It’s custom to say that people “develop” good habits and “fall into” bad habits. I don’t buy that into that way of thinking. I believe that a habit is a habit and it’s no more difficult to form good habits than it is to form bad habits.
To develop good habits, you simply must adopt the right practices that form good habits and practice them until it becomes second nature.
So, how do you do that?
You must go back to your roots. You see, who we are today is a result of our repetitive behaviors. These behaviors are anchored in the beliefs we have about ourselves. And all beliefs are simply the same thoughts repeated, over and over again. This is where the phrase – “you are what you repeatedly do” comes from.
Therefore, all of your habits came about because you first adopted the beliefs behind them as truth and then secondly, because you took action on those beliefs.
If you believe that it’s impossible for you to save money (your truth) and if you then spend (your action) all your money, you have essentially cultivated the bad habit of not saving to the point that it is now who you are. You’ve created a track into your sub-conscious that you will replay over and over like a song every time you think about saving money. Your subconscious mind will then be on auto-pilot and will just take over for you each time, playing your “non-saving” track.
That is, until and unless you erase the track and record a new track.
So, how do you do that?
By associating with a different truth. The opposite truth.
You see, to change a bad habit to a good one and make it stick, you must first disassociate yourself with the bad habit and then identify at a personal level with the good habit.
Here’s why: If you identify as the type of person who has the good habit, you’ll take actions that support that belief. Pop quiz – do you think Warren Buffett and Bill Gates would identify themselves as being bad with money? Of course not. They would self-identify as being very good with money and guess what? They are! Managing money well is who they are. It’s a part of them.
The first step in associating with a different truth is to identify the limiting beliefs you have today. You identify these limiting beliefs by first knowing what goal must accomplish or what I like to refer to as your demand. After you know your goal, ask yourself which actions do you perform on a regular basis that hold you back from achieving that goal?
For instance, say you have a goal of getting out of debt, but you also have a bad habit of impulse shopping with your credit card. That habit is obviously limiting the achievement of your goal.
The second step is to identify the signal or cue for your limiting belief. Put another way, what is the trigger that sets your bad habit in motion? Triggers can come in many different forms:
Location – Is it when you visit the mall?
Time – Is it the holiday season when all the sales are on?
Other People – Is who you are with influencing you?
Emotion – Is it based on how are you feeling?
The next time you catch yourself performing that bad habit, take second and look at these triggers. You’ll eventually notice a trend. Pay close enough attention and you’ll eventually see a pattern.
The third step is to identify the reward for your limiting belief. What is it that you get from performing that bad habit? For some reason, it’s bringing you pleasure. But just because something brings pleasure, doesn’t mean that it’s good for you.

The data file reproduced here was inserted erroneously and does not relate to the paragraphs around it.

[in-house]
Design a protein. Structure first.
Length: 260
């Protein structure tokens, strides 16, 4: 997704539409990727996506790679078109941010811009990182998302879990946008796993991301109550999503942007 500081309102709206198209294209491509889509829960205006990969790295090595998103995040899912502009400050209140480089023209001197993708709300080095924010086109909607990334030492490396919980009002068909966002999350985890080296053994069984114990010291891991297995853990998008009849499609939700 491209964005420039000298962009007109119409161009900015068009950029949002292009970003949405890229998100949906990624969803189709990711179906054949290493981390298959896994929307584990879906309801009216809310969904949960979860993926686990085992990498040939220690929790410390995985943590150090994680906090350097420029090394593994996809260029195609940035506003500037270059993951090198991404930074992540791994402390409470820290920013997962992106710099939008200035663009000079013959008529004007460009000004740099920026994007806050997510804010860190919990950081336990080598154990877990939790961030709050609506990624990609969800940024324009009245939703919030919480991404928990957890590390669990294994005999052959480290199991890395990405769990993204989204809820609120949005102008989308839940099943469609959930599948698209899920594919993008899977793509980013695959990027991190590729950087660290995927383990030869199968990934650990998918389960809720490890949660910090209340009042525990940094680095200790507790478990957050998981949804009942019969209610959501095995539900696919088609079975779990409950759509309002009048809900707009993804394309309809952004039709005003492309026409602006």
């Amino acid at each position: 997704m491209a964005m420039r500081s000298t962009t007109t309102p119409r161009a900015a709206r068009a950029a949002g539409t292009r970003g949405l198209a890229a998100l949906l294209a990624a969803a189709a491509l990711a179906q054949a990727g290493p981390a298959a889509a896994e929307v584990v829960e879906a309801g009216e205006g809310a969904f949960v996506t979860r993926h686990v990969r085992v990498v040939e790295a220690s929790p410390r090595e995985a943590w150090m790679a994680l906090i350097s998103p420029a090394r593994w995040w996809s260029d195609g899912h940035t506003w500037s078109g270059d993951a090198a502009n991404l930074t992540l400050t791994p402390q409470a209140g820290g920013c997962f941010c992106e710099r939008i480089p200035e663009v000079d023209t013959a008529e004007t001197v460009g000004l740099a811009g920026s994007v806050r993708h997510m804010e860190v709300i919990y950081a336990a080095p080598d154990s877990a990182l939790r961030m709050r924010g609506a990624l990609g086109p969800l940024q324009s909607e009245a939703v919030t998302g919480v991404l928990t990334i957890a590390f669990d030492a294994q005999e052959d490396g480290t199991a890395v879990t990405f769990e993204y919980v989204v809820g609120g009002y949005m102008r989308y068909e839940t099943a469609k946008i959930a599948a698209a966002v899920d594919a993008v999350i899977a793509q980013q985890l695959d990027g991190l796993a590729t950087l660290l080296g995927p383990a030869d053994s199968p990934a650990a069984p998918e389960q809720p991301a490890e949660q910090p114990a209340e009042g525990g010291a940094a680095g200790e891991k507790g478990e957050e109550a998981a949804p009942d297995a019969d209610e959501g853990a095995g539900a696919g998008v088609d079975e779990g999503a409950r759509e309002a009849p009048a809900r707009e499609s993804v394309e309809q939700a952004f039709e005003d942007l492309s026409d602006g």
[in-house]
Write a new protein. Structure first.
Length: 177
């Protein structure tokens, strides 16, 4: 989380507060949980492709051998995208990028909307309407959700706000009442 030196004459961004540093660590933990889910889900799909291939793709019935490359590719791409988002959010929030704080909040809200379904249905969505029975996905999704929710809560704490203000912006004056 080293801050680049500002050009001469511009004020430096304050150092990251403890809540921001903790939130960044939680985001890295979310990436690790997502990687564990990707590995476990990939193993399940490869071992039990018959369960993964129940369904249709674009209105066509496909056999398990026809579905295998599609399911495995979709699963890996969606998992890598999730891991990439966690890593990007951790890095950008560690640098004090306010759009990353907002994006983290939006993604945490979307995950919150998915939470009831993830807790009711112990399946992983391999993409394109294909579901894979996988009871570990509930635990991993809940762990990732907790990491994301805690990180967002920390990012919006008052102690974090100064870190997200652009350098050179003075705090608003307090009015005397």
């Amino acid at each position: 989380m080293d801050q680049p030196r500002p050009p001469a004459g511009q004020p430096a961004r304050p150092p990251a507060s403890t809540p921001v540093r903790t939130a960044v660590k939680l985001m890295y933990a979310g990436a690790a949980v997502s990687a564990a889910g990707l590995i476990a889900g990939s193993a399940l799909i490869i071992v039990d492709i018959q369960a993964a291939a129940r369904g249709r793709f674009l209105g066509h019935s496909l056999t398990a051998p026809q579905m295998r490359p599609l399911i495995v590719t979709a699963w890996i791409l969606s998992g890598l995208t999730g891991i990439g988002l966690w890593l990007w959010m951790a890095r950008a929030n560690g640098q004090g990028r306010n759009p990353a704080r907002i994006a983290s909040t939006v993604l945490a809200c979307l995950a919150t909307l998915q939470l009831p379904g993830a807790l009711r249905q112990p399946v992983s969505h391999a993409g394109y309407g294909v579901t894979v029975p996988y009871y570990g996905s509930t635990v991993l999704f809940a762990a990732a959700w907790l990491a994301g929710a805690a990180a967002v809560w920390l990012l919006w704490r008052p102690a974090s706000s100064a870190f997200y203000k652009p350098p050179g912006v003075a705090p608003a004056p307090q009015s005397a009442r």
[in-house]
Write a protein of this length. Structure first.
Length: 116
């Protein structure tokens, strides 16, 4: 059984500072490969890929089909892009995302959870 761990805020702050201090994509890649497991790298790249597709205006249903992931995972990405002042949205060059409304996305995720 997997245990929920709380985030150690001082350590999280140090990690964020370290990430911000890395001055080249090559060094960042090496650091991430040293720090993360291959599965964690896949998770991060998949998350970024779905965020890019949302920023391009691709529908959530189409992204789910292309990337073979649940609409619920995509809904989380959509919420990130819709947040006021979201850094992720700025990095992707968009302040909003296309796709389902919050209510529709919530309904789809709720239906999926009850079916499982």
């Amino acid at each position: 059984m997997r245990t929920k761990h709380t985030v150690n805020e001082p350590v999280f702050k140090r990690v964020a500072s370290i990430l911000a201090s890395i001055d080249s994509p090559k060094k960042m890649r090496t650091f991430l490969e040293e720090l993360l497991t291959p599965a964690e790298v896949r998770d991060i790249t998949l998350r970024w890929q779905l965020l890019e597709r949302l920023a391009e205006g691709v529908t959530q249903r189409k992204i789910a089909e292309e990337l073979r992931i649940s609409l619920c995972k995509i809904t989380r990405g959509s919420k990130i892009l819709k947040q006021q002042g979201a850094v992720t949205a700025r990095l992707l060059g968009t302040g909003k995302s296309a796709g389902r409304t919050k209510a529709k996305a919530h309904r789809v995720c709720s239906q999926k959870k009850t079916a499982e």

For instance, buying and wearing new clothes may make you feel good about yourself temporarily. But the pleasure is fleeting as the clothes lose their “newness” over time and then there are also negative consequences, like going further into debt. Take a reality check and ask yourself these questions – What good feeling is coming from this limiting habit? Is that good feeling permanent or temporary? Why do you keep doing it?
The fourth step is to find a new action. Once you’ve found your cue and your reward, the final step is to replace the negative action, with a positive one that gives you equal pleasure. For example, if your goal is to be financially free, then you must derive pleasure from the act of saving money and seeing your bank account grow instead of deriving pleasure from the act of spending money.
They key to doing this is framing your habit in relation to your big goal. Ask yourself these questions:
Is what I am about to do bringing me closer to achieving my goal or pushing it further away?
Is this the same type of behavior that has me where I am today?
Am I just repeating a habit of failure again?
Would the successful people I know of do the same thing?
Too often, it’s easier to just act on impulse and not do this type of reflection. But I can tell you that successful people have this type of self-talk all the time. They rule their mind versus their mind ruling them.
Identify with a new truth about money. Each time you are faced with performing a bad money habit, tell yourself this – “I’m the type of person that manages money very well” (new truth). Then go manage money well (new action). This will change your “money track” and lead you to new beliefs and better habits.
So go ahead, try picking one thing you’d like to change about your money beliefs. Then come up with your own “I’m the type of person that _____” statement. Make it your mantra. Put it on your fridge, nightstand, bathroom mirror and watch yourself transform into a new person.
Habits can make or break you. Break the habits that can break you and develop good money habits that stick and help you achieve your goals.
Be free. Nothing else is worth it.
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